October 7th, 1800 – Le Trente-et-un du mois d’août

Today-In-History

On October 7th, 1800 French corsair Robert Surcouf, commander of the 18-gun ship La Confiance, captures the British 38-gun Kent inspiring the traditional French song Le Trente-et-un du mois d’août.

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Robert Surcouf was a French privateer and slave trader who operated in the Indian Ocean between 1789 and 1801, and again from 1807 to 1808, capturing over 40 prizes, while amassing a large fortune as a ship-owner, both from privateering and from commerce for a time.

Robert Surcouf

Robert Surcouf (December 12th, 1773 – July 8th, 1827)

Surcouf started his career as a sailor and officer on the slave ships Aurore, Courrier d’Afrique and Navigateur. Having risen to Captain, and in spite of the prohibition of slave trading by the National Convention in 1793, he engaged in the business himself as a captain on Créole. He then captained the merchantman Émilie, on which he engaged in commerce raiding despite lacking a letter of marque. He preyed on British shipping, capturing the East Indiaman Triton, before returning to Île de France, where his prizes were confiscated. He then returned to France, where he obtained prize money from the government.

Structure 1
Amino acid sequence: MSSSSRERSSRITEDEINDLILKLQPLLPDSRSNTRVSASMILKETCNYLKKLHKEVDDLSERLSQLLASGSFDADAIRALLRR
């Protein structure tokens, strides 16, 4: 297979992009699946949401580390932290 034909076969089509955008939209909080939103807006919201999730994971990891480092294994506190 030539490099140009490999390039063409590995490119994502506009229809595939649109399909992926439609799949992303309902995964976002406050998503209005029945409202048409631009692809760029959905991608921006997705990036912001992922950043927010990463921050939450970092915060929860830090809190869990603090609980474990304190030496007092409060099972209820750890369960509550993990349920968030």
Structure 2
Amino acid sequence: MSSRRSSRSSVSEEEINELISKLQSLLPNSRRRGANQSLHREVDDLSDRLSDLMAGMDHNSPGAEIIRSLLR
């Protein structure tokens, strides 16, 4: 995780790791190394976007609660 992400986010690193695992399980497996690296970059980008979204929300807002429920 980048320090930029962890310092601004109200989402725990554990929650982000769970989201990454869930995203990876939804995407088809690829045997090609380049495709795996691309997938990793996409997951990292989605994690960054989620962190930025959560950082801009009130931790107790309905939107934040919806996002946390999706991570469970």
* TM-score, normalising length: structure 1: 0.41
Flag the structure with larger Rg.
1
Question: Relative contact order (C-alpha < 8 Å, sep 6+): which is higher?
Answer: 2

Returning to the Indian Ocean, Surcouf captained the privateers Clarisse and Confiance, raiding British, American and Portuguese merchantmen. He captured the East Indiaman Kent on October 7th, 1800. Returning to France, he was awarded the Legion of Honour and settled as a ship-owner.

He briefly returned to the Indian Ocean in 1807 on the custom-built Revenant before returning to France. There, he armed privateers and merchantmen. His privateers led successful campaigns against the British in the Indian Ocean and disastrous ones in the English Channel, except for Renard which achieved fame in her very costly victory over HMS Alphea on 9 September 1812 which exploded after repulsing French attempts at boarding it causing many casualties. After the Bourbon restoration, he organised fishing expeditions to Terre-Neuve and amassed a considerable fortune. He died in 1827 and is buried in a graveyard at Saint-Malo.

“Today in History” on The Pandora Society dot com is primarily focused on Victorian and Edwardian history and does not always have a direct connection to Steampunk, Dieselpunk, or whatever punk; in fact it rarely does, but it is our hope that in sharing these historical events they might serve as some inspiration to the writers in our community to create potential alternative history stories which we look forward to reading 🙂


 

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